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When to see a pediatric neurologist or epileptologist
Your child might need to see a pediatric neurologist or epileptologist if they've experienced:
Spells of staring during which your child does not respond to calling his or her name, or to touching or tapping your child on the arm/shoulder
Unexplained shaking spells or convulsions
Brief involuntary stiffening spells which look unnatural (not just stretching)
Longer spells of altered behavior or sudden confusion
Brief losses of consciousness with no reason
Steady decline in developmental or academic skills, such that he or she is regressing in grade level
If your child already has a diagnosis of epilepsy and the first two antiseizure medications prescribed did not work, then your child needs to see a pediatric epileptologist.
If you come to see us, you do not need to decide if you wish to be evaluated by a pediatric neurologist or epileptologist. A pediatric epileptologist is a pediatric neurologist who has had additional training in the treatment of children with epilepsy. We have both kinds of specialists and they work closely together to provide neurologic care for your child.
Please speak with your primary care physician to arrange a referral for your child to our program. Currently, we do not accept self-referrals from patients.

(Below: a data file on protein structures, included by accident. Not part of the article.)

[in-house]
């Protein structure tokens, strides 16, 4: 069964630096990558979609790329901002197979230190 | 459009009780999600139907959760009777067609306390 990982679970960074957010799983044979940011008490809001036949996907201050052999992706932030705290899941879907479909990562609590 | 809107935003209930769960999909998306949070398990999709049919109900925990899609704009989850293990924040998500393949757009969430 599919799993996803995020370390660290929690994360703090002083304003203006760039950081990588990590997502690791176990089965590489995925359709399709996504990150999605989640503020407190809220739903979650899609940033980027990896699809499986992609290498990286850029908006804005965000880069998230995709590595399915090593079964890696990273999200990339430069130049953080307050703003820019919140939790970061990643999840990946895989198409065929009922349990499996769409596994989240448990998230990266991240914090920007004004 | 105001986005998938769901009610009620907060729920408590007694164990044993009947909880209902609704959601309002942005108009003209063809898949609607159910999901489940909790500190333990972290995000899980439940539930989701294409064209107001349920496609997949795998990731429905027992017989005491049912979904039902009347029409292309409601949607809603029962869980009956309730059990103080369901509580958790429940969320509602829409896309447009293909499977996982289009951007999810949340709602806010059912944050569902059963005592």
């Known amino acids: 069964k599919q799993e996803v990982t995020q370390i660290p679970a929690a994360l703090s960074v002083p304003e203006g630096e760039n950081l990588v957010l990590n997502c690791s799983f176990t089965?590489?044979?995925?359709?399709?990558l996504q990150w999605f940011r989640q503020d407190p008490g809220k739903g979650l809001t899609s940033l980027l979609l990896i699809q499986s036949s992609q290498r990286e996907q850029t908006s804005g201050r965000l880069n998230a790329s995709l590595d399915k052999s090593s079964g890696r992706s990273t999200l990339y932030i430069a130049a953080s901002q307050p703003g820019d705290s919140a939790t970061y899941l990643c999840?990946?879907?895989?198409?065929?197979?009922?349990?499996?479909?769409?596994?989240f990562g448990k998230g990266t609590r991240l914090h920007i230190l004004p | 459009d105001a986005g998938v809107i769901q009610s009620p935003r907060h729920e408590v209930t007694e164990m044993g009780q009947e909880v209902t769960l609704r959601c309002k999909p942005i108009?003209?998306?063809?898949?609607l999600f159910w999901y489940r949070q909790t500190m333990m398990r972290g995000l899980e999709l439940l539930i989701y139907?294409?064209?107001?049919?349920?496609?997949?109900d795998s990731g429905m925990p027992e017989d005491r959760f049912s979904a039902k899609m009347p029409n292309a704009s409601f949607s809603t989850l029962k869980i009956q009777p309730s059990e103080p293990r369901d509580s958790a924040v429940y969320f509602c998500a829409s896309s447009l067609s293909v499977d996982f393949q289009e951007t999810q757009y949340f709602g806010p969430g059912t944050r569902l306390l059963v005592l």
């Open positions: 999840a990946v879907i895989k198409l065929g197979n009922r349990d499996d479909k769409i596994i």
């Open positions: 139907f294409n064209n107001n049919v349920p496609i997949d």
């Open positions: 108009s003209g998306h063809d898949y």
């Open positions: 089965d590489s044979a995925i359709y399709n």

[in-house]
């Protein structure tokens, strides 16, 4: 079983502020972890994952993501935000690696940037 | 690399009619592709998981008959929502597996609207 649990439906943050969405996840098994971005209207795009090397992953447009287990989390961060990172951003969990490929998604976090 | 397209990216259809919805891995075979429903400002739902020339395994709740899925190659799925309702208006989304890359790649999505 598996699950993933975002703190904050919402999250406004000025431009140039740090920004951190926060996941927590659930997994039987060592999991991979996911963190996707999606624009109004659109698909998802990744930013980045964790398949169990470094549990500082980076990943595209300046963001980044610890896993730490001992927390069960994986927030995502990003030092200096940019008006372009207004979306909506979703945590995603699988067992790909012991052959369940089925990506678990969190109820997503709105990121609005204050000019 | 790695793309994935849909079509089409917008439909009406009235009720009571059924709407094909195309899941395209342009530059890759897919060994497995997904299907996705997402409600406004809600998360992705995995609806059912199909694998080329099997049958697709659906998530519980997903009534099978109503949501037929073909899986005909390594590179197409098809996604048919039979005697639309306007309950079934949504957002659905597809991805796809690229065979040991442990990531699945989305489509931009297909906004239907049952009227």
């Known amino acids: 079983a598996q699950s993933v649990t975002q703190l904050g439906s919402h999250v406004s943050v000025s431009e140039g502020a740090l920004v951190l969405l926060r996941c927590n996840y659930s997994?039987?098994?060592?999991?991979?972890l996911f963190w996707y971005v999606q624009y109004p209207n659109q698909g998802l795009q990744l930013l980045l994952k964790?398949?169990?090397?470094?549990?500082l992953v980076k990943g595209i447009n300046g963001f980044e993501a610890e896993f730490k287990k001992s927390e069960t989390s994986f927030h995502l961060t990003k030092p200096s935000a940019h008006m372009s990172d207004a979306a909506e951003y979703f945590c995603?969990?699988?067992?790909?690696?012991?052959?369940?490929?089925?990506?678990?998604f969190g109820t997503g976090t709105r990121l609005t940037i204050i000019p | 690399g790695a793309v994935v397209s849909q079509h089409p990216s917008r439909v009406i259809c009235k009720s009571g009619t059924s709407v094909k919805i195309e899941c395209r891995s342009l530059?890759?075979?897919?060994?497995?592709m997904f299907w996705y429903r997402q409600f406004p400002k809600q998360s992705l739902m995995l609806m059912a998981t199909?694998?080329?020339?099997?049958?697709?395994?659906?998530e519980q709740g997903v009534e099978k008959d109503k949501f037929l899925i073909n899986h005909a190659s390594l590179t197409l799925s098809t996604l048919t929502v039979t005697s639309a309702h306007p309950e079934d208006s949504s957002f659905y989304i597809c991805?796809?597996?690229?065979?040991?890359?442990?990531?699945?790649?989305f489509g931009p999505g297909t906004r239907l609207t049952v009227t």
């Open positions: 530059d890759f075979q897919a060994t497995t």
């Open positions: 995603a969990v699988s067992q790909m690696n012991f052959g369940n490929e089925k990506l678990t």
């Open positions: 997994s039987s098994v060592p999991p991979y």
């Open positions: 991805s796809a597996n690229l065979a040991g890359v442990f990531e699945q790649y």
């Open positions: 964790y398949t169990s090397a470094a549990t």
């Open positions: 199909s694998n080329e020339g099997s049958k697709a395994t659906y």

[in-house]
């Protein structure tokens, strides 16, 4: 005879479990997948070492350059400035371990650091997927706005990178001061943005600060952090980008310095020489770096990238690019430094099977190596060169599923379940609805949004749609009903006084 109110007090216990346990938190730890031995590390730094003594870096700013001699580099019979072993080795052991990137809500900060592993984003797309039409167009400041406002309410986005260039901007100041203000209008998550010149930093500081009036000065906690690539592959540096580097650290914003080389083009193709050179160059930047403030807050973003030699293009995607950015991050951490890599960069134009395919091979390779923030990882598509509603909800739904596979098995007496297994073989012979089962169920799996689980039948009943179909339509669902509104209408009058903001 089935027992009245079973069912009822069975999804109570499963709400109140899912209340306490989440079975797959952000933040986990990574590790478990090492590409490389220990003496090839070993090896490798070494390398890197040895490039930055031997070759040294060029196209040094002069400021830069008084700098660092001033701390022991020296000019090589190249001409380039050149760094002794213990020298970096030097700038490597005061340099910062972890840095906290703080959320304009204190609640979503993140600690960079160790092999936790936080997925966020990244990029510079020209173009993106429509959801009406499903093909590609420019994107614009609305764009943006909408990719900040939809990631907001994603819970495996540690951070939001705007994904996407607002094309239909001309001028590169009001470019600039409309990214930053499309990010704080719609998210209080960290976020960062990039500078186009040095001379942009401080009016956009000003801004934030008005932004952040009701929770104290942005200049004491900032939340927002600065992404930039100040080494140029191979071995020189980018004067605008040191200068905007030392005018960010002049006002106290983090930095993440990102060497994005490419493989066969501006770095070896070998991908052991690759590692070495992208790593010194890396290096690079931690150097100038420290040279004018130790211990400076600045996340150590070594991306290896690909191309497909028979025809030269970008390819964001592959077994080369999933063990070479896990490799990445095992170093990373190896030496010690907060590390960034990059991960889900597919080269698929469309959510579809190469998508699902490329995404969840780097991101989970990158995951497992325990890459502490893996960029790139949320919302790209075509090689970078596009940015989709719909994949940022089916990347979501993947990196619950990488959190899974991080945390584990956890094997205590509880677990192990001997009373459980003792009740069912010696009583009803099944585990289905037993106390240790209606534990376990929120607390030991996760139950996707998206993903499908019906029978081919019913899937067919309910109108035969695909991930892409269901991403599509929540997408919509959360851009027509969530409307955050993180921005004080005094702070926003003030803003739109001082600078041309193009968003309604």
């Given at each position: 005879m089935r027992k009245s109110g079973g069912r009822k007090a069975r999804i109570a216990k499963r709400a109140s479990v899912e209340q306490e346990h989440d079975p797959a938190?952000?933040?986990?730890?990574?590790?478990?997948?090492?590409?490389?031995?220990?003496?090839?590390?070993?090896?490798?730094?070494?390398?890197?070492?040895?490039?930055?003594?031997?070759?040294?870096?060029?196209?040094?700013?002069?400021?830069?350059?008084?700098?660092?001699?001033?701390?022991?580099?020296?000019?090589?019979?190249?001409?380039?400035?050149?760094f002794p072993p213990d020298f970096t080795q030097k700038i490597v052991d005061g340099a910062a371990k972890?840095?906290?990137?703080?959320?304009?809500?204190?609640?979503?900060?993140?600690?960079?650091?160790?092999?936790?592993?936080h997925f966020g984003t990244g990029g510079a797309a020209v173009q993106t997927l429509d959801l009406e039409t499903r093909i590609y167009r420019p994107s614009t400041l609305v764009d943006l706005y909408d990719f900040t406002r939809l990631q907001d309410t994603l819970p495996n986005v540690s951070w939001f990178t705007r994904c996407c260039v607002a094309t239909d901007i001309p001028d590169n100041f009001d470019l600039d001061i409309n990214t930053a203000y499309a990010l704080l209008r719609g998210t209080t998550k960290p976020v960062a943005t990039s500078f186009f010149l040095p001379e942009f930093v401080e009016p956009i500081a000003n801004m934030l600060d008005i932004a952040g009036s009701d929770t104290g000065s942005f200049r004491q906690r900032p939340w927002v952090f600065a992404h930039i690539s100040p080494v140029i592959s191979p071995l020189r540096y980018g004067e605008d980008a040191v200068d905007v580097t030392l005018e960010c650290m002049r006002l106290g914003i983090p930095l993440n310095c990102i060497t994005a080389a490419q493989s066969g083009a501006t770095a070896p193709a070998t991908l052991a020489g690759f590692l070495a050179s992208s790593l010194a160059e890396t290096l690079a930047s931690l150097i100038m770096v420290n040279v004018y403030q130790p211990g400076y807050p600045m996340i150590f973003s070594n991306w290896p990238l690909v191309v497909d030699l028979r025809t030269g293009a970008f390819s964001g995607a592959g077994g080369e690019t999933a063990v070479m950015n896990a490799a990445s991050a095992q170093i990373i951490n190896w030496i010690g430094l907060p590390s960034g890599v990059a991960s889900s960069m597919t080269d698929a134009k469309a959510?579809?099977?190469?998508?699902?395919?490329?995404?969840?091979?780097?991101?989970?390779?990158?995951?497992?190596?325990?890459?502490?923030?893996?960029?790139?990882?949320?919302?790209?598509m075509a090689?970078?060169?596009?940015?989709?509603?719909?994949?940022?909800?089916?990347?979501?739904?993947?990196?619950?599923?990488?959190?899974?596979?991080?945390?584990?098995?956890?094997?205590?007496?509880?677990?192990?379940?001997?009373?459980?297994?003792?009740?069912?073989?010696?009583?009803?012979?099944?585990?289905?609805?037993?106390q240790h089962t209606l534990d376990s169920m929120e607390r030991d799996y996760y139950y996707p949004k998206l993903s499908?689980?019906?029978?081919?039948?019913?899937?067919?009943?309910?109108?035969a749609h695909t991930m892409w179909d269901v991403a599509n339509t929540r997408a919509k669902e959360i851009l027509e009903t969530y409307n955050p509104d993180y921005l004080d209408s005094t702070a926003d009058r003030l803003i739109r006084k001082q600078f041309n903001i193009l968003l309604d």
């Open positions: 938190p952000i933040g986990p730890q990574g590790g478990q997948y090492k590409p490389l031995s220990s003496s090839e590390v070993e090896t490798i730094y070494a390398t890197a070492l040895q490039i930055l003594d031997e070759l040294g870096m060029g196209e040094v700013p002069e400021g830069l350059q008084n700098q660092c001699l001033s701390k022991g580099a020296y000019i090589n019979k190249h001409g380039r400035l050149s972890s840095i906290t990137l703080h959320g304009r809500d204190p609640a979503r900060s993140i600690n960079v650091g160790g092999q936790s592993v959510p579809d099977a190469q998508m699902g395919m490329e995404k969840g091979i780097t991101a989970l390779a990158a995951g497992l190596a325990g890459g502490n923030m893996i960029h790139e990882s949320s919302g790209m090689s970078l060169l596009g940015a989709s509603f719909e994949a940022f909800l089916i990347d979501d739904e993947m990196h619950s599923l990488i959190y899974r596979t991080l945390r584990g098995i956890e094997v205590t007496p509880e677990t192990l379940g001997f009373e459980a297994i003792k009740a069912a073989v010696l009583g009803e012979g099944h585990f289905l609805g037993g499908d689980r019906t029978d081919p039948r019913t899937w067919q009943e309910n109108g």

Getting a referral
How to ask your primary care physician
If you think your child might be having seizures, please know that this is not always easy to determine, even for very experienced physicians. Sometimes the answer is clear, and sometimes further testing needs to be done.
The first step is to talk to your child's primary care provider. Write down what you observe with your child or if possible, video record the event and bring it to your primary care provider for review. Ask them if these events might be seizures.
Your primary care physician will follow a simple referral process to our program and will coordinate with us to share your child's medical records and any test results that may help us learn more about your child’s history.
How to prepare
Before your appointment with American Family Children's Hospital (virtually or in-person)
It would be helpful for our providers if you mentally review what you are concerned about and write down everything you can remember. If your child had, or is having, spells our provider may wish to know what happened before and after the spell and not just during the event. If your child had any studies done (labs, imaging, EEGs), or if your child has been put on any medications, please bring all of the information you can with you or ask your primary provider to send it to our clinic.
Please know that our clinic is comprised of pediatric neurologists, pediatric epileptologists and advanced practice providers who work very closely together. You might receive a first phone or video visit with an advanced practice provider, who will help our physicians by gathering essential information and then reviewing that information with our physicians. This pre-review helps bring your child's history to our physicians' attention earlier and helps us to make better plans for your child if and when you and your child need to come see us in person in the hospital or clinic.
Information for referring providers
We ask referring providers to share the patient's brief history, list of prior medication trials, prior EEG reports and copies of available neuroimaging. Our advanced practice providers then review the history and triage patients to the most appropriate clinic.